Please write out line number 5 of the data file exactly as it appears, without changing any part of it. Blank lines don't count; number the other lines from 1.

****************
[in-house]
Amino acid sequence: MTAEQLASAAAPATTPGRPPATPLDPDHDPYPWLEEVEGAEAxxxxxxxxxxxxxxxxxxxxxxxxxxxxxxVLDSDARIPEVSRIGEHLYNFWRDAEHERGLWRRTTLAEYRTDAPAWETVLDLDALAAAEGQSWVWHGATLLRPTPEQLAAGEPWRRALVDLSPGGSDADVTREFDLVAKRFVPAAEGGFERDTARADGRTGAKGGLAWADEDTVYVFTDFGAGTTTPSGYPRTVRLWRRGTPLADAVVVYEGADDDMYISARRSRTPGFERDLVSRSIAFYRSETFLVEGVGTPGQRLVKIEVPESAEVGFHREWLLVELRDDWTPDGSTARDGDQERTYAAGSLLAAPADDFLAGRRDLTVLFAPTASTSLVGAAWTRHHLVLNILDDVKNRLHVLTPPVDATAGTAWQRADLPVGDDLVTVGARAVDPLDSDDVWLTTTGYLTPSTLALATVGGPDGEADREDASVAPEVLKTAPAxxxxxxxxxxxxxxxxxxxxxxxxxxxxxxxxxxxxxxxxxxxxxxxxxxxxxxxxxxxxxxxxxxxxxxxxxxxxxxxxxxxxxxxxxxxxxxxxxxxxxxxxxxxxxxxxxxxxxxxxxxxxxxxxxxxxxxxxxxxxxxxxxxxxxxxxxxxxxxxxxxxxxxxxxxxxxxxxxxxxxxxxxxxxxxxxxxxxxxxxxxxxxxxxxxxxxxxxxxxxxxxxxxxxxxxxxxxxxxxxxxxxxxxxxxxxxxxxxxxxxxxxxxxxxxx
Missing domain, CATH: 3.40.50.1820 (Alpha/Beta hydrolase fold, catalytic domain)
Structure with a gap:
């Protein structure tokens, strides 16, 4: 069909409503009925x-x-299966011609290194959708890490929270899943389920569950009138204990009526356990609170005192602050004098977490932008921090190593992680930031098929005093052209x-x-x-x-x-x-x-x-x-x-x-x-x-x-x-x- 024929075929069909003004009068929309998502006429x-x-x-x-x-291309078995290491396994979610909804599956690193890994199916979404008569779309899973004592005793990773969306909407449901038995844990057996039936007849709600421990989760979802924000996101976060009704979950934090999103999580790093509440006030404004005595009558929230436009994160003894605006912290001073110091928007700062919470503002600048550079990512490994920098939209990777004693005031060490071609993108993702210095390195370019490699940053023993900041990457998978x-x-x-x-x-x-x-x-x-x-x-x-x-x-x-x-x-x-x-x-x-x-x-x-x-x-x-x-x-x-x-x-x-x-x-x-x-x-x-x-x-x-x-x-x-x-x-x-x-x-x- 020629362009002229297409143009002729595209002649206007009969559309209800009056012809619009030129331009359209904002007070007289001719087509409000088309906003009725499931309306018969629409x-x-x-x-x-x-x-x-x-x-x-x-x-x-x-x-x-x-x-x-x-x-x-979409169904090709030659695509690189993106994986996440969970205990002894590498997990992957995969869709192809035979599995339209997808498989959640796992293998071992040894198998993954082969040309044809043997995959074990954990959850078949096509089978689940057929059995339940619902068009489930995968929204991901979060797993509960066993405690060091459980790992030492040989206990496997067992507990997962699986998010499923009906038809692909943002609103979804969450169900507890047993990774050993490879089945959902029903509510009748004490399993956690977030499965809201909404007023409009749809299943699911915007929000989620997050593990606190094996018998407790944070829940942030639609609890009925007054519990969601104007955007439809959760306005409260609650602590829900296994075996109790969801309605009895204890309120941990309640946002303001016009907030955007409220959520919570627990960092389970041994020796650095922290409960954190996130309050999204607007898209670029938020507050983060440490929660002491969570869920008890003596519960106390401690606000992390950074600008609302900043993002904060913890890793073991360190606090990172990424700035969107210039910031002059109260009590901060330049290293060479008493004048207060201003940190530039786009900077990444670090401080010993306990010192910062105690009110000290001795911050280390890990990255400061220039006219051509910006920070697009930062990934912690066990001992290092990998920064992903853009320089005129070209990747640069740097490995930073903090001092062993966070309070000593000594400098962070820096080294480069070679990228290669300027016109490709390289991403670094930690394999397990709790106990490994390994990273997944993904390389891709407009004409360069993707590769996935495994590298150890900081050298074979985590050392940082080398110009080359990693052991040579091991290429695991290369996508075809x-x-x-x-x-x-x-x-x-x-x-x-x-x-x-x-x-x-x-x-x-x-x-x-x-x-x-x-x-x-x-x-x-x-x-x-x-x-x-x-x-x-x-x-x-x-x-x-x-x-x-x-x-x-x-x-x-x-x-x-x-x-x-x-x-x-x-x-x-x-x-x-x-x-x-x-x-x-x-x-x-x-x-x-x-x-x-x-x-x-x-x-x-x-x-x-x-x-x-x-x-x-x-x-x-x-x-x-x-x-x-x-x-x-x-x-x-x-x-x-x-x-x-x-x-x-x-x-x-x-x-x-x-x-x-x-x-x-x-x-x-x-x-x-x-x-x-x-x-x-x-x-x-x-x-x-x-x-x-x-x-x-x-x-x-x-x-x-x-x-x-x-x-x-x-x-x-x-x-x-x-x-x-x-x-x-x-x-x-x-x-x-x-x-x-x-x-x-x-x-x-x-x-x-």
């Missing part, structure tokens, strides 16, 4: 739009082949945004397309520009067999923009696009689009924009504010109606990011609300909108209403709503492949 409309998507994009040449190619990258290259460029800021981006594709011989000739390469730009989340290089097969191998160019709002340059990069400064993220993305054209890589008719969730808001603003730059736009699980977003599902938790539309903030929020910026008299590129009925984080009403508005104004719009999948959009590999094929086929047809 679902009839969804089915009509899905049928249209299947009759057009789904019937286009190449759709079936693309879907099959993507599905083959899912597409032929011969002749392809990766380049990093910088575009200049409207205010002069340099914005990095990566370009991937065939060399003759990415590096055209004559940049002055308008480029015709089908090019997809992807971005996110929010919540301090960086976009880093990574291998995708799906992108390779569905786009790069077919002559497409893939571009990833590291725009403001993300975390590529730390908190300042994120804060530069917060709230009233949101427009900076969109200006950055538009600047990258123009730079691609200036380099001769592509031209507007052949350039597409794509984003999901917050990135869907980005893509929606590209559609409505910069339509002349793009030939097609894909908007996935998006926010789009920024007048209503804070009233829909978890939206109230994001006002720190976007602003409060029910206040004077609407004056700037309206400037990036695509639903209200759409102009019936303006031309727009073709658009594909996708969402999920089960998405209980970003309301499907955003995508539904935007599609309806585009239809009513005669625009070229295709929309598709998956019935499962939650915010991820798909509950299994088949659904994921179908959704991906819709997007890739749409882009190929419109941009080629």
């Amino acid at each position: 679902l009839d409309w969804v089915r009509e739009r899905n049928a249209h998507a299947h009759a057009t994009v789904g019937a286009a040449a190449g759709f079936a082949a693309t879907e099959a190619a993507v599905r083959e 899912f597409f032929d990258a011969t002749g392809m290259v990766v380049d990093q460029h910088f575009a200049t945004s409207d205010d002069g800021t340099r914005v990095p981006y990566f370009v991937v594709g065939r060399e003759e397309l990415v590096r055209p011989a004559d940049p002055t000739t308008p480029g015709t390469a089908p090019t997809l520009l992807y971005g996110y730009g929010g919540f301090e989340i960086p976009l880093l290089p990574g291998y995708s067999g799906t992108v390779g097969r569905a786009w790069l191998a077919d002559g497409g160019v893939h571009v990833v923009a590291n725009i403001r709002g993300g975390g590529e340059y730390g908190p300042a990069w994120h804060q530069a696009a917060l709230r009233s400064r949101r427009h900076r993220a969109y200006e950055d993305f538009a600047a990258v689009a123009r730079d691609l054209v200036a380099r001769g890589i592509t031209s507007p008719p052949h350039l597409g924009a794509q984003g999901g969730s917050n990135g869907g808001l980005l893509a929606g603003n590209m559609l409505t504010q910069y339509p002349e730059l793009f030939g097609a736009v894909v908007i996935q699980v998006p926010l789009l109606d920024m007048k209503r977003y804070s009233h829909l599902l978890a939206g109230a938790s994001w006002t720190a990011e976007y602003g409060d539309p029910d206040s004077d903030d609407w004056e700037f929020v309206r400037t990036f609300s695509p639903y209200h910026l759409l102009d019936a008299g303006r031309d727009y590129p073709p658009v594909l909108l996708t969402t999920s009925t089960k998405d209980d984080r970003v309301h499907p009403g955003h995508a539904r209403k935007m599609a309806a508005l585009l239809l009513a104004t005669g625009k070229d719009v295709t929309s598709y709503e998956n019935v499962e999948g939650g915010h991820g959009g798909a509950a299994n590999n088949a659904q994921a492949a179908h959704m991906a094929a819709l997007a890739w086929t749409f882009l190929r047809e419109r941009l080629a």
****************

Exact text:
């Protein structure tokens, strides 16, 4: 069909409503009925x-x-299966011609290194959708890490929270899943389920569950009138204990009526356990609170005192602050004098977490932008921090190593992680930031098929005093052209x-x-x-x-x-x-x-x-x-x-x-x-x-x-x-x- 024929075929069909003004009068929309998502006429x-x-x-x-x-291309078995290491396994979610909804599956690193890994199916979404008569779309899973004592005793990773969306909407449901038995844990057996039936007849709600421990989760979802924000996101976060009704979950934090999103999580790093509440006030404004005595009558929230436009994160003894605006912290001073110091928007700062919470503002600048550079990512490994920098939209990777004693005031060490071609993108993702210095390195370019490699940053023993900041990457998978x-x-x-x-x-x-x-x-x-x-x-x-x-x-x-x-x-x-x-x-x-x-x-x-x-x-x-x-x-x-x-x-x-x-x-x-x-x-x-x-x-x-x-x-x-x-x-x-x-x-x- 020629362009002229297409143009002729595209002649206007009969559309209800009056012809619009030129331009359209904002007070007289001719087509409000088309906003009725499931309306018969629409x-x-x-x-x-x-x-x-x-x-x-x-x-x-x-x-x-x-x-x-x-x-x-979409169904090709030659695509690189993106994986996440969970205990002894590498997990992957995969869709192809035979599995339209997808498989959640796992293998071992040894198998993954082969040309044809043997995959074990954990959850078949096509089978689940057929059995339940619902068009489930995968929204991901979060797993509960066993405690060091459980790992030492040989206990496997067992507990997962699986998010499923009906038809692909943002609103979804969450169900507890047993990774050993490879089945959902029903509510009748004490399993956690977030499965809201909404007023409009749809299943699911915007929000989620997050593990606190094996018998407790944070829940942030639609609890009925007054519990969601104007955007439809959760306005409260609650602590829900296994075996109790969801309605009895204890309120941990309640946002303001016009907030955007409220959520919570627990960092389970041994020796650095922290409960954190996130309050999204607007898209670029938020507050983060440490929660002491969570869920008890003596519960106390401690606000992390950074600008609302900043993002904060913890890793073991360190606090990172990424700035969107210039910031002059109260009590901060330049290293060479008493004048207060201003940190530039786009900077990444670090401080010993306990010192910062105690009110000290001795911050280390890990990255400061220039006219051509910006920070697009930062990934912690066990001992290092990998920064992903853009320089005129070209990747640069740097490995930073903090001092062993966070309070000593000594400098962070820096080294480069070679990228290669300027016109490709390289991403670094930690394999397990709790106990490994390994990273997944993904390389891709407009004409360069993707590769996935495994590298150890900081050298074979985590050392940082080398110009080359990693052991040579091991290429695991290369996508075809x-x-x-x-x-x-x-x-x-x-x-x-x-x-x-x-x-x-x-x-x-x-x-x-x-x-x-x-x-x-x-x-x-x-x-x-x-x-x-x-x-x-x-x-x-x-x-x-x-x-x-x-x-x-x-x-x-x-x-x-x-x-x-x-x-x-x-x-x-x-x-x-x-x-x-x-x-x-x-x-x-x-x-x-x-x-x-x-x-x-x-x-x-x-x-x-x-x-x-x-x-x-x-x-x-x-x-x-x-x-x-x-x-x-x-x-x-x-x-x-x-x-x-x-x-x-x-x-x-x-x-x-x-x-x-x-x-x-x-x-x-x-x-x-x-x-x-x-x-x-x-x-x-x-x-x-x-x-x-x-x-x-x-x-x-x-x-x-x-x-x-x-x-x-x-x-x-x-x-x-x-x-x-x-x-x-x-x-x-x-x-x-x-x-x-x-x-x-x-x-x-x-x-x-």